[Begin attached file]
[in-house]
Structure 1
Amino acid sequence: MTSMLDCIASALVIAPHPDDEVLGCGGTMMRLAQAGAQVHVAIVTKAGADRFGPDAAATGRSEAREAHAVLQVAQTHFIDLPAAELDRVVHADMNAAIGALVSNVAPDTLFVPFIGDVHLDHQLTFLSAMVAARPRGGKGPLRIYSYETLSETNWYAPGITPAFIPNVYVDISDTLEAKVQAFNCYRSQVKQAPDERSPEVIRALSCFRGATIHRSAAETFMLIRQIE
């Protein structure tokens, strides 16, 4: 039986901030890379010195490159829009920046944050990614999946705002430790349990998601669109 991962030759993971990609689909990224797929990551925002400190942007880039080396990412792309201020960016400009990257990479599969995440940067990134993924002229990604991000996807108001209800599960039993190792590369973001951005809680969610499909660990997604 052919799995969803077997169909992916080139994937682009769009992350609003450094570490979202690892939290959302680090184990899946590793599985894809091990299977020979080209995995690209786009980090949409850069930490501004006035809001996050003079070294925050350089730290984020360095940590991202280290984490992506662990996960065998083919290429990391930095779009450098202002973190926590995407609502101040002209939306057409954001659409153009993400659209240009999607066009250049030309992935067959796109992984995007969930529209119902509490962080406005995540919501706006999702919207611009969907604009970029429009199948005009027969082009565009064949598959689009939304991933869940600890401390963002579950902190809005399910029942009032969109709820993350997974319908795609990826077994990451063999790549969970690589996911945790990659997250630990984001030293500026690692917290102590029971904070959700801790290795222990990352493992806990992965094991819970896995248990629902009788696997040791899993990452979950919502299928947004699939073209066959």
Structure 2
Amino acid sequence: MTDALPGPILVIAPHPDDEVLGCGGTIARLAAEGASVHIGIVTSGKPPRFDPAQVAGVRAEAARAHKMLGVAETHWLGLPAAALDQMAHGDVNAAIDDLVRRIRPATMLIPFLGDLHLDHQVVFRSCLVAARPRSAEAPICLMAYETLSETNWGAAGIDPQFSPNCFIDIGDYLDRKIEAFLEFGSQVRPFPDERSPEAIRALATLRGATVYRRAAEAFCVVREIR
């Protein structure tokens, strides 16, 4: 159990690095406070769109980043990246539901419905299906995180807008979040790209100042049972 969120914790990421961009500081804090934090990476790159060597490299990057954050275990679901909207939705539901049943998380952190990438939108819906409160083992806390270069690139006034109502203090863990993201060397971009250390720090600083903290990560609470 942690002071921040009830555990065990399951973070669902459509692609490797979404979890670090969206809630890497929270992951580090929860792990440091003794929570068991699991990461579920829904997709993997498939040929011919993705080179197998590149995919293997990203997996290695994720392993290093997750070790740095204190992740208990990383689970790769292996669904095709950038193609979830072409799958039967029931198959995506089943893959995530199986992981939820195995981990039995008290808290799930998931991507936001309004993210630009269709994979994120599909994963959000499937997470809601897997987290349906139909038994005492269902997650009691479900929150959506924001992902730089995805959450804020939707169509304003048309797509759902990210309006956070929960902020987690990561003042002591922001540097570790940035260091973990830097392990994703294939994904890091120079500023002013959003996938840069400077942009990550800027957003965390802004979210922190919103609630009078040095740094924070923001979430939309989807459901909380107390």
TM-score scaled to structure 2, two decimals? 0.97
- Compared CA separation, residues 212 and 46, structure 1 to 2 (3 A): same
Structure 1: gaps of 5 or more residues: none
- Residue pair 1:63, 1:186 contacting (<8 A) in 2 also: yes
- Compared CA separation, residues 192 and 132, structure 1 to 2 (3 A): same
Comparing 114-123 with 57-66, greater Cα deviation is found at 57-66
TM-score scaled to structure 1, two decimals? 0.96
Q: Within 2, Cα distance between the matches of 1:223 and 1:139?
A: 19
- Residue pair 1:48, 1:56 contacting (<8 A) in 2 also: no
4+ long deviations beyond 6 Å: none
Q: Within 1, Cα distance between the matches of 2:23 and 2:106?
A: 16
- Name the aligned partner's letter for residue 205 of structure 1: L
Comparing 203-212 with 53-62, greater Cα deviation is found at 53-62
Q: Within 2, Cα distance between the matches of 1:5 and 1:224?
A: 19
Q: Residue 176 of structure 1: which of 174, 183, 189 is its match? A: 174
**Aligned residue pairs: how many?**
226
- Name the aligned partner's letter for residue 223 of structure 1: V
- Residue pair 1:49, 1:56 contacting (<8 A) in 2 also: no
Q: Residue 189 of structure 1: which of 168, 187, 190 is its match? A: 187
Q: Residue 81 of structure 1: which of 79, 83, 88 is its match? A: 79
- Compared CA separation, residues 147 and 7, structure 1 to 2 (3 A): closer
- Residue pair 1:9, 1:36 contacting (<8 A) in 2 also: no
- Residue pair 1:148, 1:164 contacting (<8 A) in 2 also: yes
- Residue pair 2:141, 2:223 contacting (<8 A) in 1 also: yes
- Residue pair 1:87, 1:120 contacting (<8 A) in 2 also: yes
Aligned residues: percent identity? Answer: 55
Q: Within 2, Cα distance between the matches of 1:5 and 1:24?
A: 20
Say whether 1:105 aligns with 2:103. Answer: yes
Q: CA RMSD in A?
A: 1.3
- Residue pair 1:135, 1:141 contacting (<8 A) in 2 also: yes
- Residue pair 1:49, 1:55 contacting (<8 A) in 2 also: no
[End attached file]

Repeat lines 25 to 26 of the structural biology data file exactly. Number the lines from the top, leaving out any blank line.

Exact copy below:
Q: Residue 176 of structure 1: which of 174, 183, 189 is its match? A: 174
**Aligned residue pairs: how many?**